The next Sitka Farmers Market is scheduled for 10 a.m. to 2 p.m. on Saturday, Sept. 1, at ANB Hall (235 Katlian St.). The Sitka Local Foods Network is seeking volunteers to help set up tables and tents before the market starts, and to tear down and pack up the market after it ends. We need volunteers for the two remaining markets (Sept. 1 and 15). If you have a strong back and helping hands, please contact Johanna Willingham at 738-8336 for more details. Also, if you are a vendor who wants to accept Quest and debit card tokens, please contact Johanna. For more information about the Sitka Local Foods Network and the Sitka Farmers Market, go to http://www.sitkalocalfoodsnetwork.org/

• Quest cards and debit cards will be accepted starting with the Aug. 18 Sitka Farmers Market

The Sitka Local Foods Network will begin accepting Quest and debit cards for the purchase of locally grown and made products during its fourth Sitka Farmers Market of the summer, from 10 a.m. to 2 p.m. on Saturday, Aug. 18, at Alaska Native Brotherhood Hall (235 Katlian St.).

The Sitka Farmers Market received funding from the Alaska Farmers Market-Quest Card Program to purchase a wireless card reader, also known as an EBT (electronic benefit transfer) machine. The EBT machine allows Quest customers to use their food stamps and TANF (Temporary Assistance for Needy Families) benefits to purchase fresh, local food at the market. The EBT machine allows customers to use their regular debit and credit cards to purchase food and other items, such as locally made crafts.

Many farmers markets have accepted food stamps, TANF benefits and WIC coupons for produce for several years, but in recent years all 50 states stopped using paper coupons and started using electronic transfers for their benefits (putting them on plastic cards that work like debit/credit cards). Since most farmers markets do not have access to electricity and phone lines during the market, they now required a wireless machine to handle these benefits. This system is expensive and difficult for most farmers markets to offer, so the use of food stamps and other benefits dropped dramatically. The goal of the Alaska Farmers Market-Quest Card Program is to help the markets be able to purchase a machine so they can continue to offer fresh, local food to low-income Alaskans and offering another payment option for other residents. The Sitka Local Foods Network will match dollar-for-dollar up to $20 of Quest card benefits so people using Quest cards have access to double the produce at the market.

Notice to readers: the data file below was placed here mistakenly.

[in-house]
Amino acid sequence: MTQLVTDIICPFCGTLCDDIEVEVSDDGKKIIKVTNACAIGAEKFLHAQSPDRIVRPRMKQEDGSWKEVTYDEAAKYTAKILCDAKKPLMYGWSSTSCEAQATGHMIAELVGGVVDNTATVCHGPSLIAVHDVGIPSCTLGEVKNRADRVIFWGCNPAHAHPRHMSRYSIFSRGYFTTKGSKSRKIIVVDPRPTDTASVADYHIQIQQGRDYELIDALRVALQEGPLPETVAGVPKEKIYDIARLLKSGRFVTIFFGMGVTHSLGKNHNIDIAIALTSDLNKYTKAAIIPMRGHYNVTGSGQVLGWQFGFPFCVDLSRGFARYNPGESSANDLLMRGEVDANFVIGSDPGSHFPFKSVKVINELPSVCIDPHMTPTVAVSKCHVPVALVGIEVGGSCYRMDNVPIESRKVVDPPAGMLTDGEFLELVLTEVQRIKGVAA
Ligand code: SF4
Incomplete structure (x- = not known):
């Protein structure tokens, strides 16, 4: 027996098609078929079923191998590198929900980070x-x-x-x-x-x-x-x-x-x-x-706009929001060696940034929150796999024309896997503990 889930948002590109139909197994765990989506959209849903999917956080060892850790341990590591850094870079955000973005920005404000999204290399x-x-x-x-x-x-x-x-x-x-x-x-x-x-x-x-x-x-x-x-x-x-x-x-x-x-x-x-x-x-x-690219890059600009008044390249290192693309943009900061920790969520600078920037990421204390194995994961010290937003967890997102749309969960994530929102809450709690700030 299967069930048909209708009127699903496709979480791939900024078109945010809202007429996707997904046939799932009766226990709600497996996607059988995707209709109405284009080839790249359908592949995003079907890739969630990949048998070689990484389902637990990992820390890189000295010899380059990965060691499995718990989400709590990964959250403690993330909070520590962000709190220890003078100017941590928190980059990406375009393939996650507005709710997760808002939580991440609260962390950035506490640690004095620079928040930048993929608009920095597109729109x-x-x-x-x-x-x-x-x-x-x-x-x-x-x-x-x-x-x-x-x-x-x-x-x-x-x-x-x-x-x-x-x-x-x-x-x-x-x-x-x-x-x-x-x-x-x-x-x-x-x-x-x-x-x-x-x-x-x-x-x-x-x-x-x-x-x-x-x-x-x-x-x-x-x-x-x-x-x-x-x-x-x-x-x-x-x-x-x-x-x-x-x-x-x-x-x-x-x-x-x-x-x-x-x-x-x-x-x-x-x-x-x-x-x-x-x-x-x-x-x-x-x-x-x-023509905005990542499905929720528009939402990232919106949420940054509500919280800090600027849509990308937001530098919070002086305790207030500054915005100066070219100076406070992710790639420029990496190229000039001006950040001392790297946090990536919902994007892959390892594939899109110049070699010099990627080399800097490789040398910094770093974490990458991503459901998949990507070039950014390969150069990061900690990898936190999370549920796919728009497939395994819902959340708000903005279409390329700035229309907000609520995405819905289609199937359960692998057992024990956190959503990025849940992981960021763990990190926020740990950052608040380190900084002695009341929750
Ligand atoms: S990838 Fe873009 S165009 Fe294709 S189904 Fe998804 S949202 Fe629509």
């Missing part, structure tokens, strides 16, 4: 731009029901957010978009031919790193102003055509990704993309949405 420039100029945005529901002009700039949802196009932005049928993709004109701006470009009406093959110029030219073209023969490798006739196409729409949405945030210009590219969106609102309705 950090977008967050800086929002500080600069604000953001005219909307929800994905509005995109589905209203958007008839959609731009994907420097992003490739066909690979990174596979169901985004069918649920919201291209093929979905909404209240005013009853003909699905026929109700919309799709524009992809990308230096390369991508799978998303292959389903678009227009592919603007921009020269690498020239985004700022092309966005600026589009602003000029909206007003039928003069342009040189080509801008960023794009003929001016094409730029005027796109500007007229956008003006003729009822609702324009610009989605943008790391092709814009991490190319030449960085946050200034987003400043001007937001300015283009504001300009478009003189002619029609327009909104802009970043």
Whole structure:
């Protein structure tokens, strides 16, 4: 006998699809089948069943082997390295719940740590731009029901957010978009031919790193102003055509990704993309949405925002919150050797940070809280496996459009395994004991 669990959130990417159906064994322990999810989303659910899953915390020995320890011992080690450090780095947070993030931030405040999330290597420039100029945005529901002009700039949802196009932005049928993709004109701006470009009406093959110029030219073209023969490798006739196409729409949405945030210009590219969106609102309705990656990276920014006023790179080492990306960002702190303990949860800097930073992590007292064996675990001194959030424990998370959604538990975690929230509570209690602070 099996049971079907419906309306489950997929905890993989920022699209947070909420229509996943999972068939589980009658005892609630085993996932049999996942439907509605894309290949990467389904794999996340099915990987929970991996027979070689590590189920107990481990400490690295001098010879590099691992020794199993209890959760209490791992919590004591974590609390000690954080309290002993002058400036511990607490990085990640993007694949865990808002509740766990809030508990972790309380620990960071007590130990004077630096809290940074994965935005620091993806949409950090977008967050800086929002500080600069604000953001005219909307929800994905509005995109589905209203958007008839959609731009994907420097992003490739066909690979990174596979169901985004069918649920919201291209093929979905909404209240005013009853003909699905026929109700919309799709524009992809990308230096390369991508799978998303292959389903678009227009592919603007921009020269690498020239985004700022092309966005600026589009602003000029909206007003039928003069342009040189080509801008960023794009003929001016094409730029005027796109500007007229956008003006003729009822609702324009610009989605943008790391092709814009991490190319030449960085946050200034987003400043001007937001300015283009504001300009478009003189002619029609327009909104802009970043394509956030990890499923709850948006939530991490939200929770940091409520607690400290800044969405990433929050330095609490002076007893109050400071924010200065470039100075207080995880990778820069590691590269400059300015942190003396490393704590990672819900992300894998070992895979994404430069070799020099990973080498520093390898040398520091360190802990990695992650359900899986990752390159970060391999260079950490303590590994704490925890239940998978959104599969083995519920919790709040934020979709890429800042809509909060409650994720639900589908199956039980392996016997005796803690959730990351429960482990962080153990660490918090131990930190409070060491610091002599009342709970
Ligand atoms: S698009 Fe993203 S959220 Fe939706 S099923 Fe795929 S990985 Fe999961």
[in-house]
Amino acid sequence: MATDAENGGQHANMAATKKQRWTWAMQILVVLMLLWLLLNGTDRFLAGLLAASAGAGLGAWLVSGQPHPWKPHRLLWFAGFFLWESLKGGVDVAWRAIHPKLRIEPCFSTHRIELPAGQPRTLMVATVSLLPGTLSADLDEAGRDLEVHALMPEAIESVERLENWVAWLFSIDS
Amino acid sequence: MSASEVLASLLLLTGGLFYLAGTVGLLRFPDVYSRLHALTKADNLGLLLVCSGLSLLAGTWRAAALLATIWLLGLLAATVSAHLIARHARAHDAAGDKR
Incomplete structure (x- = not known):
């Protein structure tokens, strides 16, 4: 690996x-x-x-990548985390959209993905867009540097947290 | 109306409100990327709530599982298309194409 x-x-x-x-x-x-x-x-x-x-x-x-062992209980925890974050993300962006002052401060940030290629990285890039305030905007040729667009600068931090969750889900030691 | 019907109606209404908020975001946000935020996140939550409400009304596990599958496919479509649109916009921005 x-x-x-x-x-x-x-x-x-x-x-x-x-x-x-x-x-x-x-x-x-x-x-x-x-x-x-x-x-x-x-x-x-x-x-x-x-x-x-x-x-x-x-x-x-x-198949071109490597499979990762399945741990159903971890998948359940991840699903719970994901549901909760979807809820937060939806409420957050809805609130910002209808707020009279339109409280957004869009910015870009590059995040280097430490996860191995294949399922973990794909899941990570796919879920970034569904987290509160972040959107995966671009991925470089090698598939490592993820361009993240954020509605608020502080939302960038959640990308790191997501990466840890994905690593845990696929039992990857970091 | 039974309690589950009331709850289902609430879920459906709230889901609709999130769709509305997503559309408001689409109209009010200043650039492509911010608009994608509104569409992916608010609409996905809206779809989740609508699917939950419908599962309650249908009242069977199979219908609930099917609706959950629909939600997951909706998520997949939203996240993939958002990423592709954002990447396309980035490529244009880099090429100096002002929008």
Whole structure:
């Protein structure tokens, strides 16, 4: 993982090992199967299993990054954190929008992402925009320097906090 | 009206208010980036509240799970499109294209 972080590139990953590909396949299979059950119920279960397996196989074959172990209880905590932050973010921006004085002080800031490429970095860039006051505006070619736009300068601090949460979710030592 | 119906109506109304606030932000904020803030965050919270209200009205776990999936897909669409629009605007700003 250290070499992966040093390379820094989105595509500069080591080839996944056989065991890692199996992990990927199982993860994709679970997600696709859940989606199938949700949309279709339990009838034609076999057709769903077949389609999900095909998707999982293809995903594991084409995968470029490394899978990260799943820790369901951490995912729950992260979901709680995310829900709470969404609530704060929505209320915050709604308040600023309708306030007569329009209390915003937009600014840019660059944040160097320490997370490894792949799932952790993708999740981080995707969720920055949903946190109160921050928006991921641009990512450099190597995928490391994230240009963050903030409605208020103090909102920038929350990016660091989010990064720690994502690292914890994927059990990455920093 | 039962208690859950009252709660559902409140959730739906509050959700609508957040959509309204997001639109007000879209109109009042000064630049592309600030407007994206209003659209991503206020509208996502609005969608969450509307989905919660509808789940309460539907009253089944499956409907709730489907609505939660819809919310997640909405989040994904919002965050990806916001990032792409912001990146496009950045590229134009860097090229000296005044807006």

“Providing appropriate EBT technology at farmers markets can improve the diets and subsequently the health of Sitkans who rely on food stamps by increasing access to fresh, local and affordable vegetables and fruits,” said Sitka Local Foods Network Board Treasurer Lisa Sadleir-Hart, a registered dietitian. “Shopping at farmers markets has been shown in several studies to increase fruit and vegetable purchases and consumption among nutrition assistance participants, and fruits and vegetables sold at farmers markets often are equal in price to or less expensive than seasonal produce at grocery stores.”

To use the Quest cards or your debit card at the Sitka Farmers Market, look for the Information Booth inside ANB Hall and let the staff person know you’d like to use your card at the market and how much you plan to spend. The staff person will swipe your card through the EBT machine, have you enter your PIN, then provide you with Quest and Debit tokens in the amount you requested (there is a $2 service charge for debit card transactions). Look for vendors with signs saying “Quest and Debit Tokens Accepted Here” (some vendors only accept Debit tokens). Quest customers can purchase foods allowed on food stamps, such as fruits and vegetables, bread, meat, seafood, honey and jam. Food and beverages meant to be eaten right away, such as sandwiches and hot coffee, cannot be purchased with Quest tokens. Debit card tokens can be used to purchase anything offered at the market. If you do not spend all of your tokens, you can save the remaining tokens for the next market or take them back to the Information Booth to be credited back to your card (credit can only be given for tokens purchased that day, and for no more than the amount purchased that day). Debit card users can return their unused tokens, but another $2 service fee will apply for the transaction.

This project is a collaboration of the Alaska Department of Health and Social Services Divisions of Public Health and Public Assistance, the Department of Natural Resources Division of Agriculture, the SouthEast Alaska Regional Health Consortium (SEARHC) Health Promotion Division, and the Sitka Local Foods Network. For more info about the Alaska Farmers Market-Quest Card Program, go to http://www.hss.state.ak.us/dph/chronic/nutrition/farmersmarket-quest/default.htm. For information about the Alaska Quest Program, visit http://www.akquest.alaska.gov/. For info about the Sitka Farmers Market, go to http://www.sitkalocalfoodsnetwork.org/. Vendors wanting to sign up to accept Quest card and debit card tokens can contact Sitka Farmers Market Manager Johanna Willingham at johanna.willingham@gmail.com or 738-8336.